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OnderzoekUrban and Regional Studies InstituteResearch projects

Population and Well-being in Context

The Research Cluster on Population and Wellbeing in Context focuses its research (embedded in the Population Research Centre, since 1991) on population issues in a broad sense, and on the consequences of these issues for wellbeing, against the background of the socio-cultural and spatial context. We study classical demographic topics such as fertility, mortality and migration, but also population decline, health, ageing, nutrition, family relationships, household formation and dissolution, residential mobility and housing. Our research is internationally oriented, and our projects are situated in various regions and countries in the global North as well as the global South. In our theoretical approach we stress how individual life courses develop in the meso and macro contexts of households, families, health systems, regions and countries. We use a wide range of data, derived from population registers and other data from statistical offices, surveys, in-depth interviews and observations. We analyse these data using methods from analytical demography, multivariate statistical analysis, and qualitative analysis. In part of our research we go beyond analysis and use the participatory methodologies, including the capabilities approach. These participatory methods offer us additional lines of research following a more community-based development agenda, as is currently advocated and emphasized by many of the international development organizations.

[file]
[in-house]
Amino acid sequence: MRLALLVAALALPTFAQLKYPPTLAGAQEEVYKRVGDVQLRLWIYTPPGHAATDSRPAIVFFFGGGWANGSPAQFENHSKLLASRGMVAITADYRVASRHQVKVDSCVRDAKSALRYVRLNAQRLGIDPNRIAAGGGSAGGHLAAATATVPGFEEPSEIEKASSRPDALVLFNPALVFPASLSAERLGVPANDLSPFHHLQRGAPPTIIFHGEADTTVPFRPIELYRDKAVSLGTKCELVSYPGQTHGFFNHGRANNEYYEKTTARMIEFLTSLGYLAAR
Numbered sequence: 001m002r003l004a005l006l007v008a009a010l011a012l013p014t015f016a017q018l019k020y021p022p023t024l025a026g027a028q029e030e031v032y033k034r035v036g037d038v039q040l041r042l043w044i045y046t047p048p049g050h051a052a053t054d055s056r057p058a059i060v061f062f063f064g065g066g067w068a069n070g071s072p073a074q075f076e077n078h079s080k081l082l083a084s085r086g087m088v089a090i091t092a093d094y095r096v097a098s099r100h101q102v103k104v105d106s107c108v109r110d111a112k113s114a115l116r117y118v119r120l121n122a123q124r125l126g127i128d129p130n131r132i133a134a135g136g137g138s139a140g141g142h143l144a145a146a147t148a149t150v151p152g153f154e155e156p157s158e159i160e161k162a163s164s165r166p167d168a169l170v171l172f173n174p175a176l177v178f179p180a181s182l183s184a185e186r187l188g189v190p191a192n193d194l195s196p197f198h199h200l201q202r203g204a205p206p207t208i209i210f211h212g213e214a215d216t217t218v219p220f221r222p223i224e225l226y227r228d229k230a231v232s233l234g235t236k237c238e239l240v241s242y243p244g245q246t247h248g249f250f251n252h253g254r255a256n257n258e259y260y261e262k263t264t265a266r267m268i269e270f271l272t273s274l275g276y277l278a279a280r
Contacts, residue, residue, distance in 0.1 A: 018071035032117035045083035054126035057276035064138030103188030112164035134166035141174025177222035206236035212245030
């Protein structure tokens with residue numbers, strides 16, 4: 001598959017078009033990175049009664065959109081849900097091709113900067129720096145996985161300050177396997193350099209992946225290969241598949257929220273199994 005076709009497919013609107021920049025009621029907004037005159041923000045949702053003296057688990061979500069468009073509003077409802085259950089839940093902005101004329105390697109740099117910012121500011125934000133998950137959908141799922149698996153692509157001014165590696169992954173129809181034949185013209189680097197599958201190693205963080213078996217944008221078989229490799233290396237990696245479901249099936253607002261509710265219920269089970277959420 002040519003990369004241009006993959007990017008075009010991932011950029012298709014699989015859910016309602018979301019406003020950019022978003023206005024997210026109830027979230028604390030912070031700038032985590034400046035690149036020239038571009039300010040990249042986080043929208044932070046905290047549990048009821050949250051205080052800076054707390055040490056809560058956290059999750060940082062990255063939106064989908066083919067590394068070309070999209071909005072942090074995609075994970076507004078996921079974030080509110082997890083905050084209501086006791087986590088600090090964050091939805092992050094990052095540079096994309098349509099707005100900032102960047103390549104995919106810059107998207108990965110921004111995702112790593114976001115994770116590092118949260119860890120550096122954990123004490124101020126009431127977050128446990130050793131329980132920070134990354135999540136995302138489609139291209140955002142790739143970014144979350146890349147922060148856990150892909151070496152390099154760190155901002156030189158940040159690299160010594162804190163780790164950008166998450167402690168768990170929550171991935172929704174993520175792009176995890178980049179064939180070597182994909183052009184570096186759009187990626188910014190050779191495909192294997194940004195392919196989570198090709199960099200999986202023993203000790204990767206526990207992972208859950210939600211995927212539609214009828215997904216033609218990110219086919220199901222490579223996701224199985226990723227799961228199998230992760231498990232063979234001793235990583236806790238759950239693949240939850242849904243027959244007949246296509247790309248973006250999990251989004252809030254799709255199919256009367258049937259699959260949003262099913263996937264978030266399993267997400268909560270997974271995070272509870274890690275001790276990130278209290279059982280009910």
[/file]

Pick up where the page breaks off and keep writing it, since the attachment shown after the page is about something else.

Our research is first and foremost related to the wellbeing element of the research programme tWIST. In all of our research projects the consequences for well-being of the phenomena we study form an important motivation for the research; in many we explicitly make the link to wellbeing or health outcomes by studying these as the dependent variables in our analyses. The spatial transformation element of tWIST is apparent in our research on population decline and its consequences; migration; place making in healthy ageing and community involvement; population issues at the macro level of regions and countries (e.g. on health and mortality patterns). Our research is also concerned with social innovation, e.g. in work on coping with population decline and on the empowerment of older people.


Laatst gewijzigd:10 maart 2014 16:16